Zynga CEO Mark Pincus is among the worst CEOs of 2012, according to an article in Businessweek based on selections from Sydney Finkelstein, a Dartmouth College professor.
Finkelstein, who teaches at the Tuck School of Business, cites the social gaming studio's 75 percent stock drop and the recent flight of employees as the kind of "rookie mistakes" that Pincus made. CEOs of Best Buy, Avon and Chesapeake Energy join Pincus on the worst of list.
The FarmVille developer's troubles have surfaced several times in 2012. In July, a group of law firms began an investigation into allegations that executives sold Zynga stock before it plummeted 40 percent. In August, COO John Schappert resigned and Electronic Arts filed suit against Zynga for copyright infringement. The next month, Zynga countersued. By October, Zynga also sued a former CityVille manager alleging that he took trade secrets when he quit to work at E. The company also announced a $52.7 million third quarter loss.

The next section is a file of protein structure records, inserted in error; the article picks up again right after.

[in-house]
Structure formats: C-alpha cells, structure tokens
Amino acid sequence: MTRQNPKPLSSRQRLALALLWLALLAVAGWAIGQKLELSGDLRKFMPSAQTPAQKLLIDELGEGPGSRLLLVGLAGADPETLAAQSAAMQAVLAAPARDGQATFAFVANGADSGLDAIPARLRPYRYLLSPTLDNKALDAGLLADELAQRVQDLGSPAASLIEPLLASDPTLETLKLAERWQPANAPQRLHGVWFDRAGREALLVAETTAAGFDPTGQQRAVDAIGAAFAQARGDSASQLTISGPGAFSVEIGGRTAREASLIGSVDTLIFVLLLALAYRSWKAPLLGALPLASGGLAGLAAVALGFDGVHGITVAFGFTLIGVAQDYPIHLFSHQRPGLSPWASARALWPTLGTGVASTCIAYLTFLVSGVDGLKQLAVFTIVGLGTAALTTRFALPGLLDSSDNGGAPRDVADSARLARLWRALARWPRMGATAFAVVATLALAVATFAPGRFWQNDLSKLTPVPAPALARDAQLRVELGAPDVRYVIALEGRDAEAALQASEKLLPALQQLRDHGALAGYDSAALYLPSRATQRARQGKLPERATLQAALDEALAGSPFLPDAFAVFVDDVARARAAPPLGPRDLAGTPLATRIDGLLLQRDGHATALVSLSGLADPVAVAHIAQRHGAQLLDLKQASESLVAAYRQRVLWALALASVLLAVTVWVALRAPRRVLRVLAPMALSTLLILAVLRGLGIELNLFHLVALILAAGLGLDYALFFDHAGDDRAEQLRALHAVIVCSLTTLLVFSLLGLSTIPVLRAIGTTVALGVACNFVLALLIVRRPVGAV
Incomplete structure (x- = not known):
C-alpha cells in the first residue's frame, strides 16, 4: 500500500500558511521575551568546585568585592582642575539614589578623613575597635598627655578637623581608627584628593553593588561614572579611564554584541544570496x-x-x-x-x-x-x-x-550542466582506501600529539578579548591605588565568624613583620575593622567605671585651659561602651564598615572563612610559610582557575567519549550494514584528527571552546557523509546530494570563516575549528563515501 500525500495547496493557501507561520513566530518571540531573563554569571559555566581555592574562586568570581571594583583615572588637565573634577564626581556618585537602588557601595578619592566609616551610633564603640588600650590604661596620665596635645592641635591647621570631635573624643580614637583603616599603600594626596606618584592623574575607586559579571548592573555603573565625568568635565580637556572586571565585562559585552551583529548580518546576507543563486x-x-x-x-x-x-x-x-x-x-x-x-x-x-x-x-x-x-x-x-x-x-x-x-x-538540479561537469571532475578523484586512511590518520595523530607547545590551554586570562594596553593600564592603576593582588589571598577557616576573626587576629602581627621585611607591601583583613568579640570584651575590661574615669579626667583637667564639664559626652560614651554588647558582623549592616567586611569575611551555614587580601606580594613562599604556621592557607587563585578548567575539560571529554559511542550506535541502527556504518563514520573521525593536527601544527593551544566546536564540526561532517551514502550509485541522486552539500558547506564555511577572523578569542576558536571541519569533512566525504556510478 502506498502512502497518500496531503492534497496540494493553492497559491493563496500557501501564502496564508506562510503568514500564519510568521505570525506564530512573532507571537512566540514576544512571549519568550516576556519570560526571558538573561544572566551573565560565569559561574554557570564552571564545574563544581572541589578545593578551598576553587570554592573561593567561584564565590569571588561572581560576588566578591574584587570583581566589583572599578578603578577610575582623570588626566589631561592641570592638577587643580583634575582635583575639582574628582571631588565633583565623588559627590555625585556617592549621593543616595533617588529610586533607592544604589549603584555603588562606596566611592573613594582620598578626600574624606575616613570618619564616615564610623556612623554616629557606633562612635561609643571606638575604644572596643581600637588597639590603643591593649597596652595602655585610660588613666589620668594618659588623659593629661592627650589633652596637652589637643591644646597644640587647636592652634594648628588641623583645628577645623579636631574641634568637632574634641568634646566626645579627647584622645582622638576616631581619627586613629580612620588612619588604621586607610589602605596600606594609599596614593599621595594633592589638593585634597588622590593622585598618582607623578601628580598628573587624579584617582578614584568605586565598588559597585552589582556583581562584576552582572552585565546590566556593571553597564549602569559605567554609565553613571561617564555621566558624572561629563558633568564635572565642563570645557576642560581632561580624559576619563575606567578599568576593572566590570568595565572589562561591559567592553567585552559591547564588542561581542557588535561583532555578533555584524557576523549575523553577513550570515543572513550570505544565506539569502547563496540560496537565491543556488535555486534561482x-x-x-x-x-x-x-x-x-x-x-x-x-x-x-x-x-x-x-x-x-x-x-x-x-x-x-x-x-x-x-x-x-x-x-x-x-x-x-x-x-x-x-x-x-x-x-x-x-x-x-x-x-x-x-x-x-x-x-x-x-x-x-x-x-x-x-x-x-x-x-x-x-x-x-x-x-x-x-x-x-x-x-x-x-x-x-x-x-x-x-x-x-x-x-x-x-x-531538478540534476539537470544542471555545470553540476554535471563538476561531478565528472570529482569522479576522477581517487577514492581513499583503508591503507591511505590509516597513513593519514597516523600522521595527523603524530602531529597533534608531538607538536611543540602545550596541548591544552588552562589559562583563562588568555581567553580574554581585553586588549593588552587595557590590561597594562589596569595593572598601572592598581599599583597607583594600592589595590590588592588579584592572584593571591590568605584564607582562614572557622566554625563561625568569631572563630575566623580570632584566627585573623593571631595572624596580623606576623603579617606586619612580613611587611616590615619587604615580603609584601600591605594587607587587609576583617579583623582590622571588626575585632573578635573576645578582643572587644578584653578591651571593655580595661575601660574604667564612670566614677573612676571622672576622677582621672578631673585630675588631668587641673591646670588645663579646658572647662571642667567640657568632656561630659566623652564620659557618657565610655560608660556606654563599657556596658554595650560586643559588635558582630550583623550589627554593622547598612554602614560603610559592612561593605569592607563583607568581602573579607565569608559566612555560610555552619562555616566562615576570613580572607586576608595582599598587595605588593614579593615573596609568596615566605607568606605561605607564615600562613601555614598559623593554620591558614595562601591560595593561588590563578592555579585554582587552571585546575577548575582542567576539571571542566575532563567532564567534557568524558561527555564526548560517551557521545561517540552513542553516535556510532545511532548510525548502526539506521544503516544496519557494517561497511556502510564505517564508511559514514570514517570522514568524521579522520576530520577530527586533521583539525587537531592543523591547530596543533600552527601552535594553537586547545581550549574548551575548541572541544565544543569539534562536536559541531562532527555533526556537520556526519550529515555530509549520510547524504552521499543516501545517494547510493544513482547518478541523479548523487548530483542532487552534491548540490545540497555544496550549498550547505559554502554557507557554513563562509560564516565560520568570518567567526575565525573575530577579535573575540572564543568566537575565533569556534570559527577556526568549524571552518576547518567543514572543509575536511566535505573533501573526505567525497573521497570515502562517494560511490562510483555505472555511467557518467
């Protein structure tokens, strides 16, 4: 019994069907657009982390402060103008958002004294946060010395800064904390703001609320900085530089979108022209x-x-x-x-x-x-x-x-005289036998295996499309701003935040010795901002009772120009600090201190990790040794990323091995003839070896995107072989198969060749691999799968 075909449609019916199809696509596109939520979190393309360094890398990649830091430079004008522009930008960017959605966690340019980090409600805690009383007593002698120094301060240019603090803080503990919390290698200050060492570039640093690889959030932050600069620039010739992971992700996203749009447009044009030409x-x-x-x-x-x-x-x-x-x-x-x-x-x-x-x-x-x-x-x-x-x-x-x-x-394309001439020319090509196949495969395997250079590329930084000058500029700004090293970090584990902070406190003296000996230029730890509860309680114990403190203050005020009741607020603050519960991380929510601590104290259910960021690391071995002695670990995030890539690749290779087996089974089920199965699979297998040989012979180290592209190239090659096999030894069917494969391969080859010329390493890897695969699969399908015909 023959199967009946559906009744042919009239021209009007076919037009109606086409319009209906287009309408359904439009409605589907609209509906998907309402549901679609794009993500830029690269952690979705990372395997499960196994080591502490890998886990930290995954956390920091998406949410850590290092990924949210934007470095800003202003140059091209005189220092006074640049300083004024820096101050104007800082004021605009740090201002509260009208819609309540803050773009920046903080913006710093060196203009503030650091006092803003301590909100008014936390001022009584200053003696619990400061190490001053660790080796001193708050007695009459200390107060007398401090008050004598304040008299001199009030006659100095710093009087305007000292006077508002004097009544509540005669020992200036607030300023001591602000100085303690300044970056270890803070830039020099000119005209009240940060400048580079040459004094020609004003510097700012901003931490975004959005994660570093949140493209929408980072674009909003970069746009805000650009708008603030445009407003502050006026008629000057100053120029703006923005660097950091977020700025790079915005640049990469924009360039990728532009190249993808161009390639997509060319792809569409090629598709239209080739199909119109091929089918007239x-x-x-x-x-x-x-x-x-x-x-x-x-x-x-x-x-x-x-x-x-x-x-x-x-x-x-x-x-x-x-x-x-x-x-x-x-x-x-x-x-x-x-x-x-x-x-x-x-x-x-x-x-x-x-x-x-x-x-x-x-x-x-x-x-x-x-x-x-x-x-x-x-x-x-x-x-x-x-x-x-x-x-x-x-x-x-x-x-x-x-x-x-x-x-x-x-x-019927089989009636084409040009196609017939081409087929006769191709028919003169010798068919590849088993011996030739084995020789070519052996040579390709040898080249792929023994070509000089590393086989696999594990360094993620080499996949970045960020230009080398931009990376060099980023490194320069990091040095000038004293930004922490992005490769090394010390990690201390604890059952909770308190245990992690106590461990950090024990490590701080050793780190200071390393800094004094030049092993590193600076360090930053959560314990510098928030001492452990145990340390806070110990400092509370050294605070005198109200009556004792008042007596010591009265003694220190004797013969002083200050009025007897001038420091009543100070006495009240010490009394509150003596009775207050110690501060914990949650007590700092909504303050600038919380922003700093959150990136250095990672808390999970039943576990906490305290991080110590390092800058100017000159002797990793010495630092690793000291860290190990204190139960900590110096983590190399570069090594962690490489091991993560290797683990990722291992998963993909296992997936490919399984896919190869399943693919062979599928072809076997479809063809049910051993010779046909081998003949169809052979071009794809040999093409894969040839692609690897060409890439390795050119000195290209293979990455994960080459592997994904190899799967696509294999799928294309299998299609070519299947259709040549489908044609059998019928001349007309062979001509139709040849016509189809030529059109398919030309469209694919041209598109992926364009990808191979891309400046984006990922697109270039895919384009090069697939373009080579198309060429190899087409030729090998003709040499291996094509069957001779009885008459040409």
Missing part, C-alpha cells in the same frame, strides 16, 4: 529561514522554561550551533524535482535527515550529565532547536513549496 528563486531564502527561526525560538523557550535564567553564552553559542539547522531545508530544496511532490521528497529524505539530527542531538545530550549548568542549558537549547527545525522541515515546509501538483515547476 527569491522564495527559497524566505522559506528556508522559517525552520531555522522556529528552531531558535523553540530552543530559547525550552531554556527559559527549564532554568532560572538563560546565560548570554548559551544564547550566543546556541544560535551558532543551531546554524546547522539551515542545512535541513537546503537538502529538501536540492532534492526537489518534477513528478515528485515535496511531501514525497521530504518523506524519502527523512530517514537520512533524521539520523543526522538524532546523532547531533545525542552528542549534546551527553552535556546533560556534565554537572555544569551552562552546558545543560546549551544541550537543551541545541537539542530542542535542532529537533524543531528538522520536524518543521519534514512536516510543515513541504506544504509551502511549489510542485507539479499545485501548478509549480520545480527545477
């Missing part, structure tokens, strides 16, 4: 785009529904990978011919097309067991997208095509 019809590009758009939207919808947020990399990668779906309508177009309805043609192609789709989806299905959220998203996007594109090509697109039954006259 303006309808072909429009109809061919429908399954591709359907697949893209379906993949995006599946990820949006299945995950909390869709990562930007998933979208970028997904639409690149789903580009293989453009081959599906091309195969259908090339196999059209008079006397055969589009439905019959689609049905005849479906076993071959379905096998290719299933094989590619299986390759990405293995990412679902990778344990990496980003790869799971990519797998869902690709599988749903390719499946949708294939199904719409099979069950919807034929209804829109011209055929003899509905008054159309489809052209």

Last month, Zynga announced that its games would no longer be exclusive to Facebook, and its vice president of business development resigned. Many of its games are already available on Zynga's own social network, Zynga With Friends. The company revealed Zynga With Friends in June and announced partners like Konami, Rebellion and Majesco.
An upcoming game called Zynga Elite Slots is headed soon to Facebook, and Polygon spoke with Nick Giovanello from Zynga's Player Insights team about the game and the company's philosophy.
"What we've found with Zynga games in general and social games is they really help players do things that tie directly into human happiness," Giovanello said.
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